Can you grow your business during a recession?
Despite the stagnant economy, nine out of 10 small-business owners see opportunities for their own companies, according to a survey conducted by Intuit, maker of Quickbooks. More than three-fourths expect their business to grow in the coming year.
Surprised at this optimistic outlook? In previous recessions, many small businesses actually grow by taking advantage of weakened competition and big company cutbacks.
For smart companies, downturns are merely breathing spaces between booms. According to ABC News technology reporter, Michael Malone, recessions are “a time for consolidating resources and staff, abandoning low-performing products and market ventures…and most of all, stealing the march on competitors by gearing up new products for the return of demand.”
According to Entrepreneur Magazine, there are 5 great reasons to start up or grow businesses to in a recession:
- Everything is cheaper. Right now there are great deals in every category, from land and equipment to commercial office space, personnel and labor. Some people have waited years to find value in these markets and now their time has come.
- You can hire better people. There are highly qualified professionals in all professions who can help get your business off the ground.
- Companies are more willing to change suppliers. From a cost perspective, everything is on the table for most companies. You have a great chance of winning new business if you can deliver better value or a more innovative way of delivering products and service.
- Tax incentives are available. By owning a business, you have a variety of tax benefits that aren’t available to employees.
- Financing from family or friends might be more available. With the stock market and real estate in a downturn, you have an opportunity to raise capital you need with the people who know and trust you.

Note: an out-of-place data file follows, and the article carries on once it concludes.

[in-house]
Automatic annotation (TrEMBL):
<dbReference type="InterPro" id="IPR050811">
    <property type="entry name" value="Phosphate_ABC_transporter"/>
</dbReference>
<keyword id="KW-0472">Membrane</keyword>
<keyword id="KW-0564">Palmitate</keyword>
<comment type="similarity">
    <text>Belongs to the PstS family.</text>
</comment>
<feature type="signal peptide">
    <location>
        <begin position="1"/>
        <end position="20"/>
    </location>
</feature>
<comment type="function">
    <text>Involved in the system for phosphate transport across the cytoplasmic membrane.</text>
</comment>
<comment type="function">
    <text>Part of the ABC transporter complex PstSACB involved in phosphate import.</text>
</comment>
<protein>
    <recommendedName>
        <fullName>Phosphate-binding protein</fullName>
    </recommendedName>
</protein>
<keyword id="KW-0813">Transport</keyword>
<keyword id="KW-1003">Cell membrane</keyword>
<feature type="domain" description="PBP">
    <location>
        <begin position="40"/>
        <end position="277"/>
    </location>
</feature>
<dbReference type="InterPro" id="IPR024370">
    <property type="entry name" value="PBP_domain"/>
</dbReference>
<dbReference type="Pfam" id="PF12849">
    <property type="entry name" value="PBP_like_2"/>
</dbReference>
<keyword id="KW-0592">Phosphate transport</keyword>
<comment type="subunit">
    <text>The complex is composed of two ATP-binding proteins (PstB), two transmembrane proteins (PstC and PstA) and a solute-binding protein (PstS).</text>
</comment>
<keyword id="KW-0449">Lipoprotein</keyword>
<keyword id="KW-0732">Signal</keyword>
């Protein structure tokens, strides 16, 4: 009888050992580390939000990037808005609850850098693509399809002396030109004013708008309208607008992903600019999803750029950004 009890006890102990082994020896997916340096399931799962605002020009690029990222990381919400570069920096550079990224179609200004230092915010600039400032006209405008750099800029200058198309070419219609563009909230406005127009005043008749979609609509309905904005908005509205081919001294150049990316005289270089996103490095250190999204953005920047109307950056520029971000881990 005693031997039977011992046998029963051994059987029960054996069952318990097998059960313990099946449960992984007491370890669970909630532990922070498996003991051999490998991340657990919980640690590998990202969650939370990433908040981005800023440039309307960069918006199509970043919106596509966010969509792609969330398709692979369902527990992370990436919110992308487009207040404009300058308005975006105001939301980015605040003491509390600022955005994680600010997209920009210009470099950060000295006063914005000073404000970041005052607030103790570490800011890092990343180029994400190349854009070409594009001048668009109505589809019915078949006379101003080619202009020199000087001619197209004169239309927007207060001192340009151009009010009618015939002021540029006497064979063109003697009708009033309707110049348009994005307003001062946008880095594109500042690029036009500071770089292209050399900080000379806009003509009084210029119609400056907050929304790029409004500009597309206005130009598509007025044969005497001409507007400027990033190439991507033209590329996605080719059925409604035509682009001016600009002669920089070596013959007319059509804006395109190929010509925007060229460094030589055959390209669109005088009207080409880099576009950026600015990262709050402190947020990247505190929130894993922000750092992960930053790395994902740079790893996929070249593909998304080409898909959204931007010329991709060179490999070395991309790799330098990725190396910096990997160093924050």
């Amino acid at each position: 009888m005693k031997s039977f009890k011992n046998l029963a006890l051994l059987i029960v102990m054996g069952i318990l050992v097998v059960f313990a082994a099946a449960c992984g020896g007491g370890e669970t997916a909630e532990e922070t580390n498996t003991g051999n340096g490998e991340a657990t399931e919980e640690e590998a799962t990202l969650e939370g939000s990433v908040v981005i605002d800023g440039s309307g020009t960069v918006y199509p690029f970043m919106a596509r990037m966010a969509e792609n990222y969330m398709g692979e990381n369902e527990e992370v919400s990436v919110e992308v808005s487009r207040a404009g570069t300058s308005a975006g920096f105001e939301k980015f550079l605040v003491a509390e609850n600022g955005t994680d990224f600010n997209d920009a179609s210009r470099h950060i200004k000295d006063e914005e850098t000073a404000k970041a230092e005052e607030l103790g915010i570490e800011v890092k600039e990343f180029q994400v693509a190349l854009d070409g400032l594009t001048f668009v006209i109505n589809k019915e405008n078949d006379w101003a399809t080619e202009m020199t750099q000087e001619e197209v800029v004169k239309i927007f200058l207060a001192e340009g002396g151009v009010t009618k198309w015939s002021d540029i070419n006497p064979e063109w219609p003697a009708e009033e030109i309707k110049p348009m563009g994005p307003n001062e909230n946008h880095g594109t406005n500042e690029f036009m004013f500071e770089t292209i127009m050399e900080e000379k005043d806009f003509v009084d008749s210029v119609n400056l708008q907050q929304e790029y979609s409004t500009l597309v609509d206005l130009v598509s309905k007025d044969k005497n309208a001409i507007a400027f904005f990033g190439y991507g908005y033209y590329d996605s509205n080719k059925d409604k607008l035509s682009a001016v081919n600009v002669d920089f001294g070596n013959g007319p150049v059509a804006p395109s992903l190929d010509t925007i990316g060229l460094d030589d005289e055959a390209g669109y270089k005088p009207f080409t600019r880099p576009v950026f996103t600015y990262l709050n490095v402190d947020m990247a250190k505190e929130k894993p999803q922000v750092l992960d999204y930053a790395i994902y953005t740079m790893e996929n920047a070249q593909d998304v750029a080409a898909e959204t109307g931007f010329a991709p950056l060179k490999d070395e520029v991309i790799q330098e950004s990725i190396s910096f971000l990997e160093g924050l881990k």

In working with business owners, I’ve seen many benefits of starting up now – or focusing on growth. Many competitors have closed shop or tightened their belts, creating new market share. New business niches have also been created by the economy – especially in “green”, clean energy, businesses supporting education, and especially technology – which is gearing up for the next generation of products that will come out in the fall.
For example, Intel recently announced that it would continue to maintain its current level of R&D investment despite the recession. Why is this so important? Because what happens upstream in the world of chips sets the pace for everything that happens downstream in computers, smart phones, videogames, servers and, ultimately, in social networks, Google, Twitter, Facebook, etc.
By spending billions of dollars on new products now, Intel will be positioned to own the semiconductor industry when the economy turns upward. This is a great example of having vision, staying the course, and planning for growth.
Recession or not, growing your business still takes great ideas, hard work, a sound business plan, great financing, high goals, and tons of courage.
What it boils down to is all about getting clear: your market, your customers, your plan, your product, your services AND taking action. If you are thinking about taking action you are already too late. It is not about thinking, it is about doing. If you don’t know how, hire someone, read a book, call someone who will share experiences. Take ownership for your situation and take action to move forward.
Think like “Intel” and start investing in growth!